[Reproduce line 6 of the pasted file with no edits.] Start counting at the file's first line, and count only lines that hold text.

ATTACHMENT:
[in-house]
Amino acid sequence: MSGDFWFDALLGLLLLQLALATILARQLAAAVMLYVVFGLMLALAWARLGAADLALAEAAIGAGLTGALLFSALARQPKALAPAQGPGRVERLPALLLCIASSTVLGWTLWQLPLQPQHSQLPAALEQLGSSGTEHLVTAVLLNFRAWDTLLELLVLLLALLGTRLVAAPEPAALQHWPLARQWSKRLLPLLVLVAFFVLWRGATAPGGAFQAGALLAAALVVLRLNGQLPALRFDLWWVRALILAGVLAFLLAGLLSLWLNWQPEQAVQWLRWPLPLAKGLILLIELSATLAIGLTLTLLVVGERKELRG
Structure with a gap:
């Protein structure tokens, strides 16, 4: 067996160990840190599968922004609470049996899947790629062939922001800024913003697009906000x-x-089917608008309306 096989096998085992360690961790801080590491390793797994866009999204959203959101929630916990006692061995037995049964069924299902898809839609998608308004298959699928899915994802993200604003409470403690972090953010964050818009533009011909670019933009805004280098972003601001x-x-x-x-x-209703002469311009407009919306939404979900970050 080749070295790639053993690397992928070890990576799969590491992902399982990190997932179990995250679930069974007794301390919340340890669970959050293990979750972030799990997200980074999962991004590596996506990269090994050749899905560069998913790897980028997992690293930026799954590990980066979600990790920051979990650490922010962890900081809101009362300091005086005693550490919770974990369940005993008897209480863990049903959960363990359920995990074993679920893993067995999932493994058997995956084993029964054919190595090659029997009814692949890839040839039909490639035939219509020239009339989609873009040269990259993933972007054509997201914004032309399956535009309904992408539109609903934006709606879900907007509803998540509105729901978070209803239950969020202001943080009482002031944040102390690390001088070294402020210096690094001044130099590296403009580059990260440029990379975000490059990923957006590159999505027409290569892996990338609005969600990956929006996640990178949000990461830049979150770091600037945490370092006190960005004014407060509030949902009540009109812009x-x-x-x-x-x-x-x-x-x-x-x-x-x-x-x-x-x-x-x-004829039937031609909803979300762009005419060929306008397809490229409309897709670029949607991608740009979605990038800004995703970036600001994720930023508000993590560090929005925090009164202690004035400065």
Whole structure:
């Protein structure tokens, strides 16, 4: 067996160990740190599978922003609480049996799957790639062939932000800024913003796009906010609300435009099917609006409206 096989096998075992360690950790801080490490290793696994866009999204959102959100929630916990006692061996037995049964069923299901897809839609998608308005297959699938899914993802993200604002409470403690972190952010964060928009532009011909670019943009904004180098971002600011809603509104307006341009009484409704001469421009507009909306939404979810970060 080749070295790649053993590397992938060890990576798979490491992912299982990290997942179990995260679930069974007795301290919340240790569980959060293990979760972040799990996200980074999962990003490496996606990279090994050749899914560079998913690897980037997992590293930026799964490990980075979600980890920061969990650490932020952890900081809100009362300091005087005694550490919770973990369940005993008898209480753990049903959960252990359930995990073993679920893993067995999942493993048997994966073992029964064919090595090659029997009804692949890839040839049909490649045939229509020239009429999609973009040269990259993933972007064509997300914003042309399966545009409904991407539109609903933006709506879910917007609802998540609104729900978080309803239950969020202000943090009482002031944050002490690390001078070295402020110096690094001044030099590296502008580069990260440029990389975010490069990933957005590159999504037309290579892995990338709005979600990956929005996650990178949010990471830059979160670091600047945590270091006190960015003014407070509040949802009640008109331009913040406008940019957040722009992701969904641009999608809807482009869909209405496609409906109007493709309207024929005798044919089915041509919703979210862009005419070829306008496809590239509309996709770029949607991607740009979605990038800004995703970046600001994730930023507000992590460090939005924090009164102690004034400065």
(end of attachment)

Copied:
């Protein structure tokens, strides 16, 4: 067996160990740190599978922003609480049996799957790639062939932000800024913003796009906010609300435009099917609006409206 096989096998075992360690950790801080490490290793696994866009999204959102959100929630916990006692061996037995049964069923299901897809839609998608308005297959699938899914993802993200604002409470403690972190952010964060928009532009011909670019943009904004180098971002600011809603509104307006341009009484409704001469421009507009909306939404979810970060 080749070295790649053993590397992938060890990576798979490491992912299982990290997942179990995260679930069974007795301290919340240790569980959060293990979760972040799990996200980074999962990003490496996606990279090994050749899914560079998913690897980037997992590293930026799964490990980075979600980890920061969990650490932020952890900081809100009362300091005087005694550490919770973990369940005993008898209480753990049903959960252990359930995990073993679920893993067995999942493993048997994966073992029964064919090595090659029997009804692949890839040839049909490649045939229509020239009429999609973009040269990259993933972007064509997300914003042309399966545009409904991407539109609903933006709506879910917007609802998540609104729900978080309803239950969020202000943090009482002031944050002490690390001078070295402020110096690094001044030099590296502008580069990260440029990389975010490069990933957005590159999504037309290579892995990338709005979600990956929005996650990178949010990471830059979160670091600047945590270091006190960015003014407070509040949802009640008109331009913040406008940019957040722009992701969904641009999608809807482009869909209405496609409906109007493709309207024929005798044919089915041509919703979210862009005419070829306008496809590239509309996709770029949607991607740009979605990038800004995703970046600001994730930023507000992590460090939005924090009164102690004034400065």